Rick is an experienced Nashville intellectual-property litigator and an erstwhile part-time professor at Vanderbilt University Law School whose writing and teaching focuses on copyright issues but whose law practice involves a wide variety of IP-related disputes.
Trademark Registrations Are Important, but Not the Way Many Markholders Think
In my high school “health and guidance” class, I was taught that you can’t sober up a drunk with coffee. All you get, I was told, was a wide-awake drunk. Although now stimulated, the guy’s motor skills were just as impaired as before. I don’t know if that’s still the received wisdom—this was the 1980’s, after all—but it’s a lesson I took to heart. Coffee doesn’t sober up a drunk, and lipstick doesn’t make a pig pretty.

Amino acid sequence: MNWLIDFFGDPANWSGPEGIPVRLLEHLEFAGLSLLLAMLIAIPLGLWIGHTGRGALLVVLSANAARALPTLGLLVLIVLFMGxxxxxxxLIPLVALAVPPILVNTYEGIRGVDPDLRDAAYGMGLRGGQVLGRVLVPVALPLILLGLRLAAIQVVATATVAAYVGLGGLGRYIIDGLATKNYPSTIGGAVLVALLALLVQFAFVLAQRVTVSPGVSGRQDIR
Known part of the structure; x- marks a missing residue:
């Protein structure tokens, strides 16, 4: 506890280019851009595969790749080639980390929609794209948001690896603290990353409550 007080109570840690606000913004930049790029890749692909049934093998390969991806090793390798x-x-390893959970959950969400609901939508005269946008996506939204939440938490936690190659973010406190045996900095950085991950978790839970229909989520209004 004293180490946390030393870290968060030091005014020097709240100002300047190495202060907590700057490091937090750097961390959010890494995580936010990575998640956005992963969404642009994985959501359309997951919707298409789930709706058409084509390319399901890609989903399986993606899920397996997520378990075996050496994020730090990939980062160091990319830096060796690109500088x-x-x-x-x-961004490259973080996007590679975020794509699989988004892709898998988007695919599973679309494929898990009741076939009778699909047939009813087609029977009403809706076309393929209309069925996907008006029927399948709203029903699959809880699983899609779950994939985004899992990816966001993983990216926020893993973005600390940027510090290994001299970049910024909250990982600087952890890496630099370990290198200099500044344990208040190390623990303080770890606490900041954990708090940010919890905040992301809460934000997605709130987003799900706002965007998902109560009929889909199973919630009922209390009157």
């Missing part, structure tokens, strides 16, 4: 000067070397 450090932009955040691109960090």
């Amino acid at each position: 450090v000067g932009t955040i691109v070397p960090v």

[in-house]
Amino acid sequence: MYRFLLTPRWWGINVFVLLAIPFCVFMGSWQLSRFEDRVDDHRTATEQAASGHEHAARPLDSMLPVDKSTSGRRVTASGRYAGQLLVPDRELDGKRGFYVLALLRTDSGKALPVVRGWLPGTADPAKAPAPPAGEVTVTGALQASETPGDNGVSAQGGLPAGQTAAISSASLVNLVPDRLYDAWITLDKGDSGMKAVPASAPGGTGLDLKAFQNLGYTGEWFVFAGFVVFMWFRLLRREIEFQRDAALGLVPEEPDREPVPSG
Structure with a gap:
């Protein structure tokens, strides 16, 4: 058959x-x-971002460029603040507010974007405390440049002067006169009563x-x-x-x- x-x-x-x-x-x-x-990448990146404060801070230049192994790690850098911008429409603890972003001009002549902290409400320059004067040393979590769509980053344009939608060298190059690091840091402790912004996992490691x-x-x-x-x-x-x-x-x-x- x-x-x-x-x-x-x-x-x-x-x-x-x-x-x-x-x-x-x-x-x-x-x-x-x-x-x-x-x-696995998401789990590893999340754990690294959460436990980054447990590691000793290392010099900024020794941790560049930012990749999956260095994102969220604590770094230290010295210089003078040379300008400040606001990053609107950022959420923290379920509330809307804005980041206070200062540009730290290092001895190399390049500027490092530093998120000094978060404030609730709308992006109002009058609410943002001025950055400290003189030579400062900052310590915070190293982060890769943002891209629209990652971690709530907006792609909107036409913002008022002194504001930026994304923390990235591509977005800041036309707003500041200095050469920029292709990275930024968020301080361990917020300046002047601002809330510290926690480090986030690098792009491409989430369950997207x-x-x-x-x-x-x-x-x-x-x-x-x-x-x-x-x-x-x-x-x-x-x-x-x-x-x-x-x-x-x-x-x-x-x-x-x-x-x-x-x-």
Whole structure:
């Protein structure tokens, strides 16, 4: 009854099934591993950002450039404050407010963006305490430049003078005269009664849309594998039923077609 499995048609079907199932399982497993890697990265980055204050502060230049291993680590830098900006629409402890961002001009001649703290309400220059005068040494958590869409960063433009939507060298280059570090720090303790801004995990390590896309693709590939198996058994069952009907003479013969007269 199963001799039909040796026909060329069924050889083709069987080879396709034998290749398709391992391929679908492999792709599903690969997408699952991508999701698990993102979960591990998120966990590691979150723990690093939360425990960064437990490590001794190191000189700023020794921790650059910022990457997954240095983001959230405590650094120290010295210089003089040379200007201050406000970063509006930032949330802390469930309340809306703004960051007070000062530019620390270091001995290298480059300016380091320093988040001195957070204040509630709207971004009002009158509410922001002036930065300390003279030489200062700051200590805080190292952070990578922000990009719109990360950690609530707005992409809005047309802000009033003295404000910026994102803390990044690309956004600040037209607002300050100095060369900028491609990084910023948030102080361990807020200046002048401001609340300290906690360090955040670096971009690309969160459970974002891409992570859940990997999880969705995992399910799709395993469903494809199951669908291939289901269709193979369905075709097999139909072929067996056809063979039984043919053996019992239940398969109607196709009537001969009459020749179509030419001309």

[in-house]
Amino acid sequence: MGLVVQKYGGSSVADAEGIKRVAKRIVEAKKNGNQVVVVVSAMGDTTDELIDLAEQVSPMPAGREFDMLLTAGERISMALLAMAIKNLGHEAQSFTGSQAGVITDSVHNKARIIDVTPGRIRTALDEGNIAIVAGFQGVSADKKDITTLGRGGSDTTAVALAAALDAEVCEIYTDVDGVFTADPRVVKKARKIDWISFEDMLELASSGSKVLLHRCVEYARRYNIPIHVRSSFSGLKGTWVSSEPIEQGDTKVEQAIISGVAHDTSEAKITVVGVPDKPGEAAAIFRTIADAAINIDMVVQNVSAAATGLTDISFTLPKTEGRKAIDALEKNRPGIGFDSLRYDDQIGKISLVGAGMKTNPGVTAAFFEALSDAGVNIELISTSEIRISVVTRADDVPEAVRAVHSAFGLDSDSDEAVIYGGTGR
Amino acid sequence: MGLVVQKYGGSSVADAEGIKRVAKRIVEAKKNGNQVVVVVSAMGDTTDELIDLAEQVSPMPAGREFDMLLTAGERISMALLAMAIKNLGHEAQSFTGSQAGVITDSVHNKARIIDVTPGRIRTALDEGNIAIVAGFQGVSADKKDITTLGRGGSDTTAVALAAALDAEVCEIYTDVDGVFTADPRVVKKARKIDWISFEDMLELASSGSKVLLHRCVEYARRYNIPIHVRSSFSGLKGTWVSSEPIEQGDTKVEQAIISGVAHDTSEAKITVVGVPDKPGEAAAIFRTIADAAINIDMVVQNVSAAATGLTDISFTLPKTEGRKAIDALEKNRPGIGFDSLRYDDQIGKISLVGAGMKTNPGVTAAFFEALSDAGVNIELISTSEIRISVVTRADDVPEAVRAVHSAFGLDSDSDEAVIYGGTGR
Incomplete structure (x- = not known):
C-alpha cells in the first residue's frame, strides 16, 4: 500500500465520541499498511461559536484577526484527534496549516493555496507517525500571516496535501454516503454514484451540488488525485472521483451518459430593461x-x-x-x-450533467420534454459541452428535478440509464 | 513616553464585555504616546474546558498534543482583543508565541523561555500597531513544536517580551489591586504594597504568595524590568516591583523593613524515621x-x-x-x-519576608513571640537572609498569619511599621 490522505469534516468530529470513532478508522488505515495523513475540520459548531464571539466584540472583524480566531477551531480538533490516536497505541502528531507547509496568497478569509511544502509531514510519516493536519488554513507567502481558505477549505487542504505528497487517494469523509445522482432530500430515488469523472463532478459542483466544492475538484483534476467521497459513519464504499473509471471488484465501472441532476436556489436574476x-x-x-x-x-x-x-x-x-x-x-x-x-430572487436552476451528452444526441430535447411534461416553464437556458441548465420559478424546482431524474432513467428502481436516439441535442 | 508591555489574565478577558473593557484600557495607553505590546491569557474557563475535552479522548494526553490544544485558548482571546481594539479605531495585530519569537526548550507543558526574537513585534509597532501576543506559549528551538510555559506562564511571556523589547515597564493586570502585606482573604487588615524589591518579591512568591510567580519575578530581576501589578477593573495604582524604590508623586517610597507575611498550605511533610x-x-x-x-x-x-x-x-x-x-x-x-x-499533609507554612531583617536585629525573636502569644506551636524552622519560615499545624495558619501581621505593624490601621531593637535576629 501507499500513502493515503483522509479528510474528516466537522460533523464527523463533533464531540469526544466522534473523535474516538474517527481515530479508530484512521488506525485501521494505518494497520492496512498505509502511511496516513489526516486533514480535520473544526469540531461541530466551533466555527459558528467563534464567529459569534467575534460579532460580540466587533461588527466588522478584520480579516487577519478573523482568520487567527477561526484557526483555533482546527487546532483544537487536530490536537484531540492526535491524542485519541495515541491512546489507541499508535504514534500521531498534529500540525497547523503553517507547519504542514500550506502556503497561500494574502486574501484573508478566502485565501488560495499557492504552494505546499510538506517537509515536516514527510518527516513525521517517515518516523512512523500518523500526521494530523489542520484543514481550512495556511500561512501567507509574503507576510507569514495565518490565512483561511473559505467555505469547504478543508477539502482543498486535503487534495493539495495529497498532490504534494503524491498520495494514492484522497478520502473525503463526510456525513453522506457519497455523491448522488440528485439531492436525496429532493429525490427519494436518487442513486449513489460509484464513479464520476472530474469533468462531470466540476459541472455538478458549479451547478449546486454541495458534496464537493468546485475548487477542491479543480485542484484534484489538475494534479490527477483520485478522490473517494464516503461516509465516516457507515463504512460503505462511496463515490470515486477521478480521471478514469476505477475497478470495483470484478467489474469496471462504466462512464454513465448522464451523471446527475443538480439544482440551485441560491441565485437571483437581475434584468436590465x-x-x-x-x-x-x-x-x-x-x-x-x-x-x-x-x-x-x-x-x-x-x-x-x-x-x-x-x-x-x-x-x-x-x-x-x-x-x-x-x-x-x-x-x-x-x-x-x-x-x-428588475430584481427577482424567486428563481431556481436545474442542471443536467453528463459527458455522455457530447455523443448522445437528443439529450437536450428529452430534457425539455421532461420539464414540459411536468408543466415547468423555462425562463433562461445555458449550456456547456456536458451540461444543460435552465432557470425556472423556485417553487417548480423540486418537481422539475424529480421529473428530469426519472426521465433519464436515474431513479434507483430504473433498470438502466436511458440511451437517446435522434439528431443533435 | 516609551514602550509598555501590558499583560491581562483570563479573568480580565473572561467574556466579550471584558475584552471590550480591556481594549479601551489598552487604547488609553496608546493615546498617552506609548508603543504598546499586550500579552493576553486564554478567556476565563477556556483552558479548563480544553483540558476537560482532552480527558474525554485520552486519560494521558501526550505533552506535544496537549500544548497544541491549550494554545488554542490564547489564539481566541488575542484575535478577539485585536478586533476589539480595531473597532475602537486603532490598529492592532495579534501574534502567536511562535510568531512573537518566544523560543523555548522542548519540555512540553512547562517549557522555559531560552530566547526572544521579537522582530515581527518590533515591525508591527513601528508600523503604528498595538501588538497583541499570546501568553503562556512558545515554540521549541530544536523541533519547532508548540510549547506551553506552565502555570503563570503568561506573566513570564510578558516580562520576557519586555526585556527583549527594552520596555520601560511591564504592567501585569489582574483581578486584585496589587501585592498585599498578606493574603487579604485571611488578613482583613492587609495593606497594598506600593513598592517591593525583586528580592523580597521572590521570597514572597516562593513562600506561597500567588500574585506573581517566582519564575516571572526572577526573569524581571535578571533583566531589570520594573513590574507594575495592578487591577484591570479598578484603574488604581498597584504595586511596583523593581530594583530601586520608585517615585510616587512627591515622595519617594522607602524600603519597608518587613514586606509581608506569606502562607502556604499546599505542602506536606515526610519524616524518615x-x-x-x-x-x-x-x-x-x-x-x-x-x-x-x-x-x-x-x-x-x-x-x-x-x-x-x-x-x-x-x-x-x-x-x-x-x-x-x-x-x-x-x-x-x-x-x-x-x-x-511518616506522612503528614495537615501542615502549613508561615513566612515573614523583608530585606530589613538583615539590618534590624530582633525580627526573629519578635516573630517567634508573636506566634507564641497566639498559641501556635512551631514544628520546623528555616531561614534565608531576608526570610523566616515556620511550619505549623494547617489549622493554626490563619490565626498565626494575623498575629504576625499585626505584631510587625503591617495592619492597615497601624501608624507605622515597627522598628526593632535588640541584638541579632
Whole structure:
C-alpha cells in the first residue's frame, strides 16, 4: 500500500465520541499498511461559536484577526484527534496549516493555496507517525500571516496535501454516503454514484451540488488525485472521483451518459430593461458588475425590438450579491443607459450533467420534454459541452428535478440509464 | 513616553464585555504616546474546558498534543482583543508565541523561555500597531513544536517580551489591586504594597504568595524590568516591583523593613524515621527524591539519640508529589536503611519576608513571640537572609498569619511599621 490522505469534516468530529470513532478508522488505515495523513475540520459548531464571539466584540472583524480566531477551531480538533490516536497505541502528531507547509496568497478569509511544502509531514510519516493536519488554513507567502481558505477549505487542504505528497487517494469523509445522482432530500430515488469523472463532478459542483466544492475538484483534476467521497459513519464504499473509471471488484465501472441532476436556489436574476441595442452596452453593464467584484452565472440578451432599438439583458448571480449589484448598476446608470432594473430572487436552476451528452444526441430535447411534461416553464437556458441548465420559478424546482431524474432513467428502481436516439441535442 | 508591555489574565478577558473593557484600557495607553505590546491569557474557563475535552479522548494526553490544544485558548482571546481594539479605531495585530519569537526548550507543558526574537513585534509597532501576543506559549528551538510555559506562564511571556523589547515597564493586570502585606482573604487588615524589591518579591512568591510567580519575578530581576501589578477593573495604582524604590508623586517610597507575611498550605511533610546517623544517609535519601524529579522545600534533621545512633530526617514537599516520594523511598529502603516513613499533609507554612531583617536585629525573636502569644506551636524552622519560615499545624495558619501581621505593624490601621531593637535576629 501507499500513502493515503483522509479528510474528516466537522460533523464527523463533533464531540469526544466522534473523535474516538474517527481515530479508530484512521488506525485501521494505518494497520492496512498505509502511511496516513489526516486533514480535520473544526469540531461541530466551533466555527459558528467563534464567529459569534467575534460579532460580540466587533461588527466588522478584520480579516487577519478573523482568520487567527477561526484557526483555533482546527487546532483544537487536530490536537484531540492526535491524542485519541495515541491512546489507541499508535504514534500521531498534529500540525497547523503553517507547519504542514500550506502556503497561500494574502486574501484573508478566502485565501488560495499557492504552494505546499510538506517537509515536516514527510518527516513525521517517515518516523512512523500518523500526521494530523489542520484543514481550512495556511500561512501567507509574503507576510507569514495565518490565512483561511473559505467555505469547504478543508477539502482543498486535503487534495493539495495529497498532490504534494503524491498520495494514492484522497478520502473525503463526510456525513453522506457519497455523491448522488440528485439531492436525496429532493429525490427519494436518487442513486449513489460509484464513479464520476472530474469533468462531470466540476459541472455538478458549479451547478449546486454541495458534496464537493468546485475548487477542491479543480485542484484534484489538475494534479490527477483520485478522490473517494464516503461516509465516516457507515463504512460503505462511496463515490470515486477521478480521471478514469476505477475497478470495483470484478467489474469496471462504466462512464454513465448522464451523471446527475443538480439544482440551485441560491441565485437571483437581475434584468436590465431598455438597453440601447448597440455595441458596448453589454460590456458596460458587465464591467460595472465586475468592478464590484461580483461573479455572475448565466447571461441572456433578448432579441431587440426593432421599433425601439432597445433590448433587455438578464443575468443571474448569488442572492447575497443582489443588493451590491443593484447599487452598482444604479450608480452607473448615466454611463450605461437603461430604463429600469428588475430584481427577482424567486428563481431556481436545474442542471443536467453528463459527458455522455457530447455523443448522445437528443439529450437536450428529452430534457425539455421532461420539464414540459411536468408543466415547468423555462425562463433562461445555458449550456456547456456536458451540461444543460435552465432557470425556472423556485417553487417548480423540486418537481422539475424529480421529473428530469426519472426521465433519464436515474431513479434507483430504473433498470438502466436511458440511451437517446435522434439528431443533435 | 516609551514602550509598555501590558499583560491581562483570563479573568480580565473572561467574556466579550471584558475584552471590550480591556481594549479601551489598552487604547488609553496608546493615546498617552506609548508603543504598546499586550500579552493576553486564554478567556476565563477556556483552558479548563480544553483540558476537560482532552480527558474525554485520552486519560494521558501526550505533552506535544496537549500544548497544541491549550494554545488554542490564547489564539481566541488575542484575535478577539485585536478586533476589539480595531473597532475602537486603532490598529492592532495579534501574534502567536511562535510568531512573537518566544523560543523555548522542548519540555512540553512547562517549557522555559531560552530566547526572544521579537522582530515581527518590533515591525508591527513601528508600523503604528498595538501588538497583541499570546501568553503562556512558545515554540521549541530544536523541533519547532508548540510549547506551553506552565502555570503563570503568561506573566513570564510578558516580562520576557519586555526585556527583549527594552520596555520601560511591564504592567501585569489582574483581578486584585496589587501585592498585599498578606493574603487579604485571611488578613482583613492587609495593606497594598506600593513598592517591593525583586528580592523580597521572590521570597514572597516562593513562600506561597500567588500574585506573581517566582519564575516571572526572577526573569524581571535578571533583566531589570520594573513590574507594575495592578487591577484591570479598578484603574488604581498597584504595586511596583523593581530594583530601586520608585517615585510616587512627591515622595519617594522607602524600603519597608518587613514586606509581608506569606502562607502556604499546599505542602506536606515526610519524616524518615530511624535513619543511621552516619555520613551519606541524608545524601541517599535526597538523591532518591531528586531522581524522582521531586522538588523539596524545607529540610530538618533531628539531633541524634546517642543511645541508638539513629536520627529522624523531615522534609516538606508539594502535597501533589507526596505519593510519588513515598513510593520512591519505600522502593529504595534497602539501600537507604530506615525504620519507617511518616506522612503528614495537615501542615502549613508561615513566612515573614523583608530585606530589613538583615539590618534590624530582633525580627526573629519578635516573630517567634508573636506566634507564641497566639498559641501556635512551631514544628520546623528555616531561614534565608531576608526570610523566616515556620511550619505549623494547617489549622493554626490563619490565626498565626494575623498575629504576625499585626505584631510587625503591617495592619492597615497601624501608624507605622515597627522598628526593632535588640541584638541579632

And a registration doesn’t make a trademark strong. If you manage to register a weak trademark, all you get is a registered weak trademark. Trademark registrations don’t generate trademarks out of thin air. They make already-existing trademarks stronger. They are force multipliers. If your trademark is strong, then a registration will make it considerably stronger. But just as multiplying a tiny number still results in another (slightly larger) tiny number, a registration doesn’t add that much to weak trademarks.
The Brawny Poetry of Trademarks
What makes a trademark strong, if not registration? Trademark strength has two ingredients, and you (the trademark owner) control both of them: inherent distinctiveness and goodwill. Goodwill arises from consumers’ recognition…